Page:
Implementing Task Details

This post is part of a series on building a custom worklist for BPM/SOA 11g.

Most of our controllers are fairly similar and not too complicated, so let’s jump right in and take a look at the com.oracle.ateam.TaskDetailController.  Here is the code (more comments in Subversion):

package com.oracle.ateam;

import org.springframework.web.servlet.mvc.Controller;
import org.springframework.web.servlet.ModelAndView;
import javax.servlet.http.HttpServletRequest;
import javax.servlet.http.HttpServletResponse;
import com.oracle.ateam.domain.*;
import com.oracle.ateam.util.MLog;
import java.util.List;
import java.util.Map;
import java.util.HashMap;

public class TaskDetailController extends SimpleSuccessFailureController {

  @Override
  public ModelAndView handleRequest(HttpServletRequest request, HttpServletResponse response)
      throws Exception {
    MLog.log("TaskDetailController", "Entering handleRequest()");
    String taskNumber = request.getParameter("x_tasknumber");
    MLog.log("TaskDetailController", "Task Number: " + taskNumber);
    Map<String, Object> model = new HashMap<String, Object>();
    model.put("task", MTaskList.getTaskDetails(request.getUserPrincipal().getName(), taskNumber));
    return new ModelAndView("/WEB-INF/jsp/taskdetail.jsp", "model", model);
  }
}

Like we did for the TaskListController, we extend the SimpleSuccessFailureController and we perform some logging using our MLog utility class.

We retrieve the x_tasknumber parameter from the caller, it is passed in as an URL parameter.  Then we create the ModelAndView and call the MTaskList.getTaskDetails() method in our domain package to obtain the fully populated MTask wrapper object for the nominated task.  This is then added into the model under the key “task” and we send the user on to the view.

Here is the code for the view:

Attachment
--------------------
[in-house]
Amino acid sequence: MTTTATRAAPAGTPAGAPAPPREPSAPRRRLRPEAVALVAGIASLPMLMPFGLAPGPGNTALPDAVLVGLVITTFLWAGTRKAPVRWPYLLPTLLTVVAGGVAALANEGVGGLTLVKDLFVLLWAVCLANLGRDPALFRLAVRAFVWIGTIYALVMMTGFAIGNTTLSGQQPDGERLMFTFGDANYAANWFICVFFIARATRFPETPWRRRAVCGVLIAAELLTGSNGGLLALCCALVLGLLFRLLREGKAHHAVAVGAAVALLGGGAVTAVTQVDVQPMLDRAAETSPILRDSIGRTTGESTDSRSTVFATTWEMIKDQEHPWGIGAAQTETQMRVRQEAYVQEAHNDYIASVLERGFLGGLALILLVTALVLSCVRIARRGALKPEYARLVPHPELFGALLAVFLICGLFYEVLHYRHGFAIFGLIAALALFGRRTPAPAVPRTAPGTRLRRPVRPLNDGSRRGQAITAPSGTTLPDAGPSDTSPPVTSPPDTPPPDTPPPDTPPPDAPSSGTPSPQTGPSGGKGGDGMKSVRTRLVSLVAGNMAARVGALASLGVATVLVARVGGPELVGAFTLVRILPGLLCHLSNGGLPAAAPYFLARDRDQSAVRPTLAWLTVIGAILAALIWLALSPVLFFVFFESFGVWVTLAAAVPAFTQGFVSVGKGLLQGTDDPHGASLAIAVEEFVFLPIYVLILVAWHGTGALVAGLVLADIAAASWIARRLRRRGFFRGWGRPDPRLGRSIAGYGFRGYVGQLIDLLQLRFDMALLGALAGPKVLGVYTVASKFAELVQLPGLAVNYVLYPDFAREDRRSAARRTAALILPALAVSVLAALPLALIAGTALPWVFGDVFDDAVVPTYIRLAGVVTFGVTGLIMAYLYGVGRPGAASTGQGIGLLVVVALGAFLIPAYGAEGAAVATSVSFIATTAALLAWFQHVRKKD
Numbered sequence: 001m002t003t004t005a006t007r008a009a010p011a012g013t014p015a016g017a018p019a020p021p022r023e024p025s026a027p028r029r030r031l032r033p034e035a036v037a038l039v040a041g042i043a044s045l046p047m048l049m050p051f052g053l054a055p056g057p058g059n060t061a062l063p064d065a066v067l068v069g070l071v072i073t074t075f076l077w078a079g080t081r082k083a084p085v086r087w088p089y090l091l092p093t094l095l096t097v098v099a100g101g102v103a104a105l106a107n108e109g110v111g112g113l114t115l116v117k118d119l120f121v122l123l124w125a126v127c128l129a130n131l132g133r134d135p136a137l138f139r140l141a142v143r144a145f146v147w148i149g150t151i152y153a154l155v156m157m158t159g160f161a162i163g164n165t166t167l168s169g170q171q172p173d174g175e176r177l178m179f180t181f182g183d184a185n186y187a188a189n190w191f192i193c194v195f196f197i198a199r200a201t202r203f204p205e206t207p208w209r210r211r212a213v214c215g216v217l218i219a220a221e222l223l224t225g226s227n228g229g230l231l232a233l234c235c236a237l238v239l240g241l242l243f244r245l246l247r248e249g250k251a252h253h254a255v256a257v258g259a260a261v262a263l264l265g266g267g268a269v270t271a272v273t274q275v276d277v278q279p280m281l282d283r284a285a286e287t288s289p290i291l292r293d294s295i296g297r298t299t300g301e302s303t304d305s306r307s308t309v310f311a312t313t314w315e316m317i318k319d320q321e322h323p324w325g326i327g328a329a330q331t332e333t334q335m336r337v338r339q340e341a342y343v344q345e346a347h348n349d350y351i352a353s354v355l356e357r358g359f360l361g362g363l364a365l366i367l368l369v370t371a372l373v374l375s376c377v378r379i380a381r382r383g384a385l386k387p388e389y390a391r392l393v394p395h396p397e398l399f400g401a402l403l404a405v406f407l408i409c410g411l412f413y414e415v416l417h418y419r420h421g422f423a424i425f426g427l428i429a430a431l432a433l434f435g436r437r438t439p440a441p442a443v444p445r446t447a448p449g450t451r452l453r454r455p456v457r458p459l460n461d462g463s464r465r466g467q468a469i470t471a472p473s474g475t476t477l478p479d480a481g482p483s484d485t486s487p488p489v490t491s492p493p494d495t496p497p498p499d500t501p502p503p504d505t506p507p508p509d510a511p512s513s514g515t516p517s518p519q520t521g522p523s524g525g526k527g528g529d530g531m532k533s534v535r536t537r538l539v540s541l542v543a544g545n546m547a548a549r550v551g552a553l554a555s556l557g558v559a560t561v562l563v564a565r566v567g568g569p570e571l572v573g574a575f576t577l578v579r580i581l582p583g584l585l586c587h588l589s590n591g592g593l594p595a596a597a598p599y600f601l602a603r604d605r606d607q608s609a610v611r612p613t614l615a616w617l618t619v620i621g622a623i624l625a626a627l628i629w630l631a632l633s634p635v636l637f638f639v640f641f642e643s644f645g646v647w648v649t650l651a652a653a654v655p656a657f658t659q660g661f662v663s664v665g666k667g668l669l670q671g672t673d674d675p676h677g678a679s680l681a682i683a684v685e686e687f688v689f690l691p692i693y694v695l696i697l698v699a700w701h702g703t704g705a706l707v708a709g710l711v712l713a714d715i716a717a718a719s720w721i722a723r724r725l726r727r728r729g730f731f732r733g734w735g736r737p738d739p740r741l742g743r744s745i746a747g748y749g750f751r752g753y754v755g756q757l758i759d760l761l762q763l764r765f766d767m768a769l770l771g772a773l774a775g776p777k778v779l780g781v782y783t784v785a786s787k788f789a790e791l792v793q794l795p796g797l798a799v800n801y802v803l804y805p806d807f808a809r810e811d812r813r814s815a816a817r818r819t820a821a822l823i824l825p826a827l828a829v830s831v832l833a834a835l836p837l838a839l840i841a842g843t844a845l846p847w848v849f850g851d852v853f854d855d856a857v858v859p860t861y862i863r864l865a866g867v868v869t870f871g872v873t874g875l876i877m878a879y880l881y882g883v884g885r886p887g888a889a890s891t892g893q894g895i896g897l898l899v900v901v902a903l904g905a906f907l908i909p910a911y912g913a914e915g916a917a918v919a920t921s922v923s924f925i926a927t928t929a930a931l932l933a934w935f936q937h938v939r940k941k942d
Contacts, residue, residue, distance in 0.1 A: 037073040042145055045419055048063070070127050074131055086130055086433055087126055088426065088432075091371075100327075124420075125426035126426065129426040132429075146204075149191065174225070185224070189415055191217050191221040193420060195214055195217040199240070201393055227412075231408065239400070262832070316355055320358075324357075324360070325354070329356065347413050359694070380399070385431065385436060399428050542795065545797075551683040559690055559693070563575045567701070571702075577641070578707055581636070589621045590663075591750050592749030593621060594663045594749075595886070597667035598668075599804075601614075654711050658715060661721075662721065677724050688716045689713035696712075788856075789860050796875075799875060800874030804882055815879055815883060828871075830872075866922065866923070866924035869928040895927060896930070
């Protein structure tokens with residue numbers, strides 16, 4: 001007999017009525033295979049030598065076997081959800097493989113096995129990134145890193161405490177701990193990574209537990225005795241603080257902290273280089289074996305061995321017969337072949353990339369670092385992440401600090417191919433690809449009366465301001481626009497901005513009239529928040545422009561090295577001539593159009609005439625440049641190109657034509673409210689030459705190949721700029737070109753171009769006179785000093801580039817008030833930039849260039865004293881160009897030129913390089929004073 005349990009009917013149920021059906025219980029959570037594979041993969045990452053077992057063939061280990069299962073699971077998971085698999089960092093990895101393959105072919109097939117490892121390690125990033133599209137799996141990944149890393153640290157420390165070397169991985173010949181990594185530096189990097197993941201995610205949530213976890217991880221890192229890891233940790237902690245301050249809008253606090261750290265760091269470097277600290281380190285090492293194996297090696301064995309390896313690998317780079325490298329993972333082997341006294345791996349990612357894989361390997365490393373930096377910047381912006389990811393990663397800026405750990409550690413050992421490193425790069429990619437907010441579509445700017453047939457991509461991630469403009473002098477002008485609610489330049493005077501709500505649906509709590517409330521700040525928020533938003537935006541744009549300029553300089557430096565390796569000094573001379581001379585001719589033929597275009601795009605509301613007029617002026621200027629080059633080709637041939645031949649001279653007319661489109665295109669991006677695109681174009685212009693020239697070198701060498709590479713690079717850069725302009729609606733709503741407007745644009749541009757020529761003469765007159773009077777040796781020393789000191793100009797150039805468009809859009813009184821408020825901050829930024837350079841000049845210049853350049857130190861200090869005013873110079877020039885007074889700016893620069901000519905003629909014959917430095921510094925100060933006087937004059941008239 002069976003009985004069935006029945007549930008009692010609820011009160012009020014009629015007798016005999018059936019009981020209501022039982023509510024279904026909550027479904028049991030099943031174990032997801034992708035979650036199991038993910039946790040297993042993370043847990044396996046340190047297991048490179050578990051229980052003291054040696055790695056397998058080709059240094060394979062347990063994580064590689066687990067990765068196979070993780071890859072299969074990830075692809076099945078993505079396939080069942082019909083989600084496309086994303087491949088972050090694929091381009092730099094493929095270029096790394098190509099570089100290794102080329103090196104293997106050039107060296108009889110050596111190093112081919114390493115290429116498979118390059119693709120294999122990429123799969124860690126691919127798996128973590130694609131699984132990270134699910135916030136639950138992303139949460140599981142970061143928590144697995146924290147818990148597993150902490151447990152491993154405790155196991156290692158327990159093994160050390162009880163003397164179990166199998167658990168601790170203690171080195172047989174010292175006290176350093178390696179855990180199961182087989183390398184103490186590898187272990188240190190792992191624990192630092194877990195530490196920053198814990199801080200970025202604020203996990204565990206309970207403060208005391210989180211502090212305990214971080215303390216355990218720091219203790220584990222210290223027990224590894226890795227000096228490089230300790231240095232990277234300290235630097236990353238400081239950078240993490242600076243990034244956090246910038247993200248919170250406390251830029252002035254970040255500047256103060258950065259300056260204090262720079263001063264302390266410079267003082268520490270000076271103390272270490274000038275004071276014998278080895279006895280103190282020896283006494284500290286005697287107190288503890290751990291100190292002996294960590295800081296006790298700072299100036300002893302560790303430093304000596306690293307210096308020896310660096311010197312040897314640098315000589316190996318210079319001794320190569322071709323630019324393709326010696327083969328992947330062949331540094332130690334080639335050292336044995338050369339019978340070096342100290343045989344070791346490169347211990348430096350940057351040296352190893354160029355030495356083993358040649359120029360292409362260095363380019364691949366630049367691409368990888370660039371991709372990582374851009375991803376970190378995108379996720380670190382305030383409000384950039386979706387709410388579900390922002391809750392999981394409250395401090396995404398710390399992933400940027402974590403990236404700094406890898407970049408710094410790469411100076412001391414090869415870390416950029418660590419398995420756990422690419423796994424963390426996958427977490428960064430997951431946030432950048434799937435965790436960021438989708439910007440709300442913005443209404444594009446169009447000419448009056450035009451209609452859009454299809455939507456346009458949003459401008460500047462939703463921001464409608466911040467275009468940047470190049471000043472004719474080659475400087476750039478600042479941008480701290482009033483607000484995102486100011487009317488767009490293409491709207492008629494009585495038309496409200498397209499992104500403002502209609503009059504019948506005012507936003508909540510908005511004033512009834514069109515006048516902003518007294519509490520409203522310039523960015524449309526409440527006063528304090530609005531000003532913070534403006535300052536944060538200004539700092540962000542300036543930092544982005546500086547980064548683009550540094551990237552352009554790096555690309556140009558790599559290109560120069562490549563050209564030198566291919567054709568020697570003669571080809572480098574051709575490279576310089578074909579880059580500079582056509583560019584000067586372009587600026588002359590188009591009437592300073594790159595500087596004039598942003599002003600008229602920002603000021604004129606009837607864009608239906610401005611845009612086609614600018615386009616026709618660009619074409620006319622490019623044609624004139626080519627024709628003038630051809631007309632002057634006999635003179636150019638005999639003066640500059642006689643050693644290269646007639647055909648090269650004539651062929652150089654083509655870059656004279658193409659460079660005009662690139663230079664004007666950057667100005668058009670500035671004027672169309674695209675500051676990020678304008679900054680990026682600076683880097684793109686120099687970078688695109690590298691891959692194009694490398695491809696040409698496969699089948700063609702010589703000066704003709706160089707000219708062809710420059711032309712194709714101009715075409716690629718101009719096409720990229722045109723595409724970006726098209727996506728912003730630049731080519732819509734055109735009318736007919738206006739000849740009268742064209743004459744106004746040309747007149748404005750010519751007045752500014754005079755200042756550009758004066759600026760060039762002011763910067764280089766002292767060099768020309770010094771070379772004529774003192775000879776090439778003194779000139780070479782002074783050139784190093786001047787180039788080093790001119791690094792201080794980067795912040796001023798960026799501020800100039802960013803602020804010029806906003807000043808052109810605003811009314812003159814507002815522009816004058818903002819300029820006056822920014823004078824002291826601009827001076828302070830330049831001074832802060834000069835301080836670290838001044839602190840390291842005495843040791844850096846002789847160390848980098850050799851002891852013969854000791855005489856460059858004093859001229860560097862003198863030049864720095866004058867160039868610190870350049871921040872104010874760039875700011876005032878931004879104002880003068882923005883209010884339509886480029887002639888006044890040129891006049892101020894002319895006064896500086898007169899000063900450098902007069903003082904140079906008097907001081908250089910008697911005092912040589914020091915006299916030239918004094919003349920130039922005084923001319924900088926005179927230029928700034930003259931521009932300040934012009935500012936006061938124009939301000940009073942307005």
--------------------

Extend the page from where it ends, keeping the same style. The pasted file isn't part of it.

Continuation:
<%@ page import="com.oracle.ateam.util.MLog" %>
<%@ page import="com.oracle.ateam.domain.MTask" %>
<%@ page import="java.util.List" %>
<%@ include file="/WEB-INF/jsp/common/head.jspf" %>
<%
  MLog.log("taskdetail.jsp", "Entered taskdetail.jsp");
%>
  <h1>Task Detail for ${model.task.title}</h1>
  <table>
    <tr>
      <th class="td-head">Task Number</th><td class="td-row">${model.task.number}</td><td>&nbsp;&nbsp;</td>
      <th class="td-head">Created</th><td class="td-row">${model.task.createDate}</td><td>&nbsp;&nbsp;</td>
      <th class="td-head">Creator</th><td class="td-row">${model.task.creator}</td><td>&nbsp;&nbsp;</td>
    </tr>
    <tr>
      <th class="td-head">Priorty</th><td class="td-row">${model.task.priority}</td><td>&nbsp;&nbsp;</td>
      <th class="td-head">Updated</th><td class="td-row">${model.task.updateDate}</td><td>&nbsp;&nbsp;</td>
      <th class="td-head">Acquired by</th><td class="td-row">${model.task.acquirer}</th><td>&nbsp;&nbsp;</td>
    </tr>
    <tr>
      <th class="td-head">State</th><td class="td-row">${model.task.state}</td><td>&nbsp;&nbsp;</td>
      <th class="td-head">Expiry</th><td class="td-row">${model.task.expiryDate}</td><td>&nbsp;&nbsp;</td>
      <th class="td-head">Outcome</th><td class="td-row">${model.task.outcome}</td><td>&nbsp;&nbsp;</td>
    </tr>
  </table>
  <form action="processtask.do" method="POST"><p>Take action on this task:
  <select name="x_action">
    <c:forEach items="${model.task.customActions}" var="customAction">
      <option value="${customAction.action}">${customAction.displayName}</option>
    </c:forEach>
    <option value="SYS_ESCALATE">Escalate</option>
    <option value="SYS_WITHDRAW">Withdraw</option>
    <c:choose>
      <c:when test="${model.task.state == 'SUSPENDED'}">
        <option value="SYS_RESUME">Resume</option>
      </c:when>
      <c:otherwise>
        <option value="SYS_SUSPEND">Suspend</option>
      </c:otherwise>
    </c:choose><option value="SYS_PURGE">Purge</option>
    <option value="SYS_ERROR">Error</option>
    <option value="SYS_ACQUIRE">Acquire</option>
  </select>
  <input type="hidden" name="x_tasknumber" value="${model.task.number}"/>
  <input type="submit" value="Process Now"/>
  <p></form>
  <table>
    <tr>
      <td colspan="2">
        <h2 class="td-h2">Payload</h2>
        <c:forEach items="${model.task.payloadAsHtml}" var="parm">
          <pre>${parm}</pre><br/>
        </c:forEach>
      </td>
    </tr>
    <tr>
      <td>
        <h2 class="td-h2">Comments</h2>
        <table width="50%" class="tl-table">
          <tr>
            <th width="150">User</th>
            <th width="200">Date</th>
            <th>Comment</th>
          </tr>
        </table>
        <table width="50%">
          <c:forEach items="${model.task.comments}" var="comment">
            <tr>
              <td width="150">${comment.updatedBy.id}</td>
              <td width="200">${comment.updatedDate.time}</td>
              <td>${comment.comment}</td>
            </tr>
          </c:forEach>
          <tr><td>Add a new comment:</td></tr>
          <tr>
            <td colspan="3"><form action="addcomment.do" method="POST">
              <textarea name="x_comment" rows="6" cols="40"></textarea>